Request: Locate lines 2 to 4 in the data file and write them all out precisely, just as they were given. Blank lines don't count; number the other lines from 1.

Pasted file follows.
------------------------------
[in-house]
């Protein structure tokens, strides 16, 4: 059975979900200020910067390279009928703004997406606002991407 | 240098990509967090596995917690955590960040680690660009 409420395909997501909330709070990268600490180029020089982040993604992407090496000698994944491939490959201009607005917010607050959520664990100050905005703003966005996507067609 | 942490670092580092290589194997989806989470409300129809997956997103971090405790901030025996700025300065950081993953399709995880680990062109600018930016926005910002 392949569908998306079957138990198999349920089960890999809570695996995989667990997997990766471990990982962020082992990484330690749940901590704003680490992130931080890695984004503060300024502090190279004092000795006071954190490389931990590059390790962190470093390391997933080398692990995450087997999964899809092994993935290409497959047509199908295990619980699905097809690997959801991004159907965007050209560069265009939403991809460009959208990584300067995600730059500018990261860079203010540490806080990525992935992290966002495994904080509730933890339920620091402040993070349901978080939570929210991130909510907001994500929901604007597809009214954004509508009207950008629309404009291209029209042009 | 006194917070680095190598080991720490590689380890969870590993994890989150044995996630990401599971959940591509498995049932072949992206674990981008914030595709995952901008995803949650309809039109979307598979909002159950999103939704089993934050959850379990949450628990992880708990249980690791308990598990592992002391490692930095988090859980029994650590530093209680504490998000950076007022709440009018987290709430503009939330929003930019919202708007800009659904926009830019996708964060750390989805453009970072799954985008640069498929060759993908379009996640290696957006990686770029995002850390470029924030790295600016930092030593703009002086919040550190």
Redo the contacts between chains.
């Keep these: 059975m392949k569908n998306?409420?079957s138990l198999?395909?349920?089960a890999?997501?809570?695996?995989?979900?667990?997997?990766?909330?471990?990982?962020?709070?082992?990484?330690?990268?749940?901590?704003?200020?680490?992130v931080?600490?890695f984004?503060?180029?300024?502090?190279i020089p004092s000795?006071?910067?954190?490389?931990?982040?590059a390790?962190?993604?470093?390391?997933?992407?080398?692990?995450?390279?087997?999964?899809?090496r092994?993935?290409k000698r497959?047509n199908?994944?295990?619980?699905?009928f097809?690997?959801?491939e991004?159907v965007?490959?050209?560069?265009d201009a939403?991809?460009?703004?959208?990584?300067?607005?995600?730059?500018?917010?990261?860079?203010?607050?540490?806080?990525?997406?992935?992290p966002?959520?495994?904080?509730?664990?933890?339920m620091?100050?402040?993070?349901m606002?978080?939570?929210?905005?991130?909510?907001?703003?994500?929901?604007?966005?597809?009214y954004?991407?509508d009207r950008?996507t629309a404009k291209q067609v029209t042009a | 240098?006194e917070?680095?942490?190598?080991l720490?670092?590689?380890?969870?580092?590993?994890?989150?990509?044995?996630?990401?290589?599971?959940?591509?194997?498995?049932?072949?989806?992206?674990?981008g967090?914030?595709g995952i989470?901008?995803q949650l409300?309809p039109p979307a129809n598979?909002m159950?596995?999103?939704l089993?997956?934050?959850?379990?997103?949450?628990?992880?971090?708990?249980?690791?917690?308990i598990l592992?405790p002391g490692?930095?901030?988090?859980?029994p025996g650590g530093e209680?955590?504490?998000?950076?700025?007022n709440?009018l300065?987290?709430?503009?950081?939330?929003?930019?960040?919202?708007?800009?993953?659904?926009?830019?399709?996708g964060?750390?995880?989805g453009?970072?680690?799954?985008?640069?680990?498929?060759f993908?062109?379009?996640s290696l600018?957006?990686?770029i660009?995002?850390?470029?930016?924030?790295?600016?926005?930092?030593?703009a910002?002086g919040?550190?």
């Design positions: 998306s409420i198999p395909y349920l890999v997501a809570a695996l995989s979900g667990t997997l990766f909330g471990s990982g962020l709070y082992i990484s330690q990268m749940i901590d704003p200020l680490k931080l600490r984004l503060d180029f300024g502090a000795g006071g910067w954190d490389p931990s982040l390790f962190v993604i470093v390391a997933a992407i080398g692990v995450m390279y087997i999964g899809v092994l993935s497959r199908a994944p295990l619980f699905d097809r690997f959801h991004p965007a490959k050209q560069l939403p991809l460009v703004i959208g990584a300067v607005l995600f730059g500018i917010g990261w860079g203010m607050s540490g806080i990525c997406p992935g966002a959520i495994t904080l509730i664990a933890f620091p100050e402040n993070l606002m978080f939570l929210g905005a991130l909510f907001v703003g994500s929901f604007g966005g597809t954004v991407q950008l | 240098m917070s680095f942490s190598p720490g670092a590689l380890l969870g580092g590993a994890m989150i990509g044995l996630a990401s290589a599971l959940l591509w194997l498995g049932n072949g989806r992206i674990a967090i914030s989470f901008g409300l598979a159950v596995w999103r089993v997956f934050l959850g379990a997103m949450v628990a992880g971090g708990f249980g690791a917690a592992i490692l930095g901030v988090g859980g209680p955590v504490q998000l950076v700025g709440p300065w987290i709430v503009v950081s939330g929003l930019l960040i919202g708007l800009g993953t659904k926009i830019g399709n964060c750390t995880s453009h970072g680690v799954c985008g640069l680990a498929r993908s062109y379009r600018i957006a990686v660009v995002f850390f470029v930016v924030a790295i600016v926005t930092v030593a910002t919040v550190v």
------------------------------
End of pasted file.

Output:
């Protein structure tokens, strides 16, 4: 059975979900200020910067390279009928703004997406606002991407 | 240098990509967090596995917690955590960040680690660009 409420395909997501909330709070990268600490180029020089982040993604992407090496000698994944491939490959201009607005917010607050959520664990100050905005703003966005996507067609 | 942490670092580092290589194997989806989470409300129809997956997103971090405790901030025996700025300065950081993953399709995880680990062109600018930016926005910002 392949569908998306079957138990198999349920089960890999809570695996995989667990997997990766471990990982962020082992990484330690749940901590704003680490992130931080890695984004503060300024502090190279004092000795006071954190490389931990590059390790962190470093390391997933080398692990995450087997999964899809092994993935290409497959047509199908295990619980699905097809690997959801991004159907965007050209560069265009939403991809460009959208990584300067995600730059500018990261860079203010540490806080990525992935992290966002495994904080509730933890339920620091402040993070349901978080939570929210991130909510907001994500929901604007597809009214954004509508009207950008629309404009291209029209042009 | 006194917070680095190598080991720490590689380890969870590993994890989150044995996630990401599971959940591509498995049932072949992206674990981008914030595709995952901008995803949650309809039109979307598979909002159950999103939704089993934050959850379990949450628990992880708990249980690791308990598990592992002391490692930095988090859980029994650590530093209680504490998000950076007022709440009018987290709430503009939330929003930019919202708007800009659904926009830019996708964060750390989805453009970072799954985008640069498929060759993908379009996640290696957006990686770029995002850390470029924030790295600016930092030593703009002086919040550190």
Redo the contacts between chains.
């Keep these: 059975m392949k569908n998306?409420?079957s138990l198999?395909?349920?089960a890999?997501?809570?695996?995989?979900?667990?997997?990766?909330?471990?990982?962020?709070?082992?990484?330690?990268?749940?901590?704003?200020?680490?992130v931080?600490?890695f984004?503060?180029?300024?502090?190279i020089p004092s000795?006071?910067?954190?490389?931990?982040?590059a390790?962190?993604?470093?390391?997933?992407?080398?692990?995450?390279?087997?999964?899809?090496r092994?993935?290409k000698r497959?047509n199908?994944?295990?619980?699905?009928f097809?690997?959801?491939e991004?159907v965007?490959?050209?560069?265009d201009a939403?991809?460009?703004?959208?990584?300067?607005?995600?730059?500018?917010?990261?860079?203010?607050?540490?806080?990525?997406?992935?992290p966002?959520?495994?904080?509730?664990?933890?339920m620091?100050?402040?993070?349901m606002?978080?939570?929210?905005?991130?909510?907001?703003?994500?929901?604007?966005?597809?009214y954004?991407?509508d009207r950008?996507t629309a404009k291209q067609v029209t042009a | 240098?006194e917070?680095?942490?190598?080991l720490?670092?590689?380890?969870?580092?590993?994890?989150?990509?044995?996630?990401?290589?599971?959940?591509?194997?498995?049932?072949?989806?992206?674990?981008g967090?914030?595709g995952i989470?901008?995803q949650l409300?309809p039109p979307a129809n598979?909002m159950?596995?999103?939704l089993?997956?934050?959850?379990?997103?949450?628990?992880?971090?708990?249980?690791?917690?308990i598990l592992?405790p002391g490692?930095?901030?988090?859980?029994p025996g650590g530093e209680?955590?504490?998000?950076?700025?007022n709440?009018l300065?987290?709430?503009?950081?939330?929003?930019?960040?919202?708007?800009?993953?659904?926009?830019?399709?996708g964060?750390?995880?989805g453009?970072?680690?799954?985008?640069?680990?498929?060759f993908?062109?379009?996640s290696l600018?957006?990686?770029i660009?995002?850390?470029?930016?924030?790295?600016?926005?930092?030593?703009a910002?002086g919040?550190?």